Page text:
CoSS PhD Scholarship – The impacts on families and children of long-term private renting.
Prof M Munro
Dr M Livingston
No more applications being accepted
Funded PhD Project (Students Worldwide)
Information on the School/Research Group
The successful student will join an exceptionally strong research environment. The co-supervisors are linked to two major ESRC-funded research centres CaChe (the Collaborative Centre for Housing Evidence) and UBDC (Urban Big Data Centre), in each there are world-leading experts in relevant fields to which the student will have immediate access. They are located within Urban Studies, which was ranked first in the national research evaluation framework (REF) in 2014. Every student enjoys support from two supervisors, through regular meetings and discussions.
The student will join a vibrant group of around 35 PhD students, both national and international, working on a range of broad urban topics using a variety of methodological approaches. Students are encouraged to join one of the 3 research groups in Urban Studies, which provides regular opportunities to meet like-minded scholars, discuss forthcoming and contemporary work, and social activities. In addition Urban Studies runs regular workshops and seminars which students are encouraged to attend. There are funds available to organize academic and non-academic events for PhD students – recently these have included away days and writing retreats. We have a strong commitment to ensuring that the PhD experience is as collegiate and connected as the student wants.
As the PhD progresses, are be encouraged to present and discuss their work internally and externally, with an aim of building national and international networks that will support them into the next stage of their career.
The project will tackle an issue of great and growing contemporary relevance. Popular coverage has highlighted the plight of ‘generation rent’ – a group of younger people who stay longer in the private rented sector (PRS) than previous generations, trapped by restricted access to home ownership, precarious work and incomes, and dwindling social rented housing. However, the growing PRS is now a longer term home for many families with children , around a quarter of the total.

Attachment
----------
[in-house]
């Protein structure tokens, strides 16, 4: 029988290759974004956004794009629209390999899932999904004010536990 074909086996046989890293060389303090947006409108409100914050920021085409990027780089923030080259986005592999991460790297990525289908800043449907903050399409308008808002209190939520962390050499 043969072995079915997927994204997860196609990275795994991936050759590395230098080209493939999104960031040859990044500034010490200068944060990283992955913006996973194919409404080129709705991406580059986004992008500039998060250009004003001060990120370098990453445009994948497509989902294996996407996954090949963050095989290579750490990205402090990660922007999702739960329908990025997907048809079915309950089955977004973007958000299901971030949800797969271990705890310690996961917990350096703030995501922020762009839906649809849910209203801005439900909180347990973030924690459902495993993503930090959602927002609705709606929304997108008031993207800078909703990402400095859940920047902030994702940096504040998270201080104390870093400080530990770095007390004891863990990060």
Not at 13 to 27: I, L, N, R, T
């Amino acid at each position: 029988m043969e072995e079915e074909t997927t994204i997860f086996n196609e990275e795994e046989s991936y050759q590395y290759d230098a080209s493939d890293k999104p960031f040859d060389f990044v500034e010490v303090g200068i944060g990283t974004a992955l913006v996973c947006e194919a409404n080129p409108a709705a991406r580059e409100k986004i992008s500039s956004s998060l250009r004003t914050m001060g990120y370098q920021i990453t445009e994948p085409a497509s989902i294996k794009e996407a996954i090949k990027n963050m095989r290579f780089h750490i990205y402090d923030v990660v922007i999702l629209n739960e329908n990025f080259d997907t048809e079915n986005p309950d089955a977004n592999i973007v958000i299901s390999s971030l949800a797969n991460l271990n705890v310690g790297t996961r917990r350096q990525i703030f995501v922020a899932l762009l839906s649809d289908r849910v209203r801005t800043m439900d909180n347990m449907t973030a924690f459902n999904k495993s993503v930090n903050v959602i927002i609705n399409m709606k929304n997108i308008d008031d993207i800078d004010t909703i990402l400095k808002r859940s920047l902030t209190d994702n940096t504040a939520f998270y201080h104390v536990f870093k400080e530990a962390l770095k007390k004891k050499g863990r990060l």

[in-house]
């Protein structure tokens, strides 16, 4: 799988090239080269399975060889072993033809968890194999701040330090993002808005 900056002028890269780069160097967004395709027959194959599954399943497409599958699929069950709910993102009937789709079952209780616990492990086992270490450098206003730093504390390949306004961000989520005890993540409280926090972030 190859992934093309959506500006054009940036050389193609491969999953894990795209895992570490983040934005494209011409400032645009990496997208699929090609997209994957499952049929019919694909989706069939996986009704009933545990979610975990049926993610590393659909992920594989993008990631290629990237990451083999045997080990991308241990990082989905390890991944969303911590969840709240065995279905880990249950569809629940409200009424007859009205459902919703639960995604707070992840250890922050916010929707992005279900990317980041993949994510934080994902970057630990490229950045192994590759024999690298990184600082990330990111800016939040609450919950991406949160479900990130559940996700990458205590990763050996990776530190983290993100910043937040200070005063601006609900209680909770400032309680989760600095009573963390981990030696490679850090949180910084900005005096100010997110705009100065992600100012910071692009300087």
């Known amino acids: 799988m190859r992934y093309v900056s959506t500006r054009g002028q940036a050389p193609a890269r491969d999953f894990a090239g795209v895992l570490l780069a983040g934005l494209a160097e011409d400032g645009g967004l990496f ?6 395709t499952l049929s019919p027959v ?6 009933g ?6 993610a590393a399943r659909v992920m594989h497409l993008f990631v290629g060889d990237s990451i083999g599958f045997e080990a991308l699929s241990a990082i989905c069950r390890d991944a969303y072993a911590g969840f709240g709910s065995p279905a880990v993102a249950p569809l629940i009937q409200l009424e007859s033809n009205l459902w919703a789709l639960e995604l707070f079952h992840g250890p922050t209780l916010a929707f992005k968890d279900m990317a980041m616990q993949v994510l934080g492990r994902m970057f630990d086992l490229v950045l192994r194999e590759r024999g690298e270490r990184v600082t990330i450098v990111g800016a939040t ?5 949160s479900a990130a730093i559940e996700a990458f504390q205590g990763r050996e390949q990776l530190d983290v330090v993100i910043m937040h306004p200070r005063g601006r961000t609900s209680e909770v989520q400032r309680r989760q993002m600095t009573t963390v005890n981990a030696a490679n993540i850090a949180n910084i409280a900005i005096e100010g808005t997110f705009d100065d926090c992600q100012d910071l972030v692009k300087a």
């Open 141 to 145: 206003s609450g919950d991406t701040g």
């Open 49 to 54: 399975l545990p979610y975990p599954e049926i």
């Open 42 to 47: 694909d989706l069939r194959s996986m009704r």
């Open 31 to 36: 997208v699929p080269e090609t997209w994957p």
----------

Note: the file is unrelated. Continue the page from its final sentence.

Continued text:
It is vital to explore how this shift impacts on families and their children: the PRS provides the worst quality housing in the UK, often poorly maintained, damp and difficult to heat, and poorly managed by landlords. Additionally, it is a chronically insecure tenure, tenants can be asked to leave at a month’s notice without giving any reason. Together this suggests that living long-term in the PRS has the potential to have adverse consequences on health, mental health and well-being, and possibly on children’s educational outcomes if they are forced to move school frequently.
This project provides an exciting opportunity to explore these issues in detail, exploiting existing large-scale cohort studies that are following representative samples of people as they age, allowing a focus on parents and their children (from a group born in 1970) and also children directly (using the Millennial cohort study of children born in 2000/1). The work has real potential to enhance understanding of the links between housing and well-being and make a real contribution to international and national academic and contemporary policy debates.
Applicants must meet the following eligibility criteria
• A good first degree (at least 2.1) or Master’s degree, preferably with a social science component
• A good grounding in quantitative skills and an aptitude to develop these further through taking training available
• Demonstrate an interest in some of the key issues in the project – for example, inequalities, health or life chances.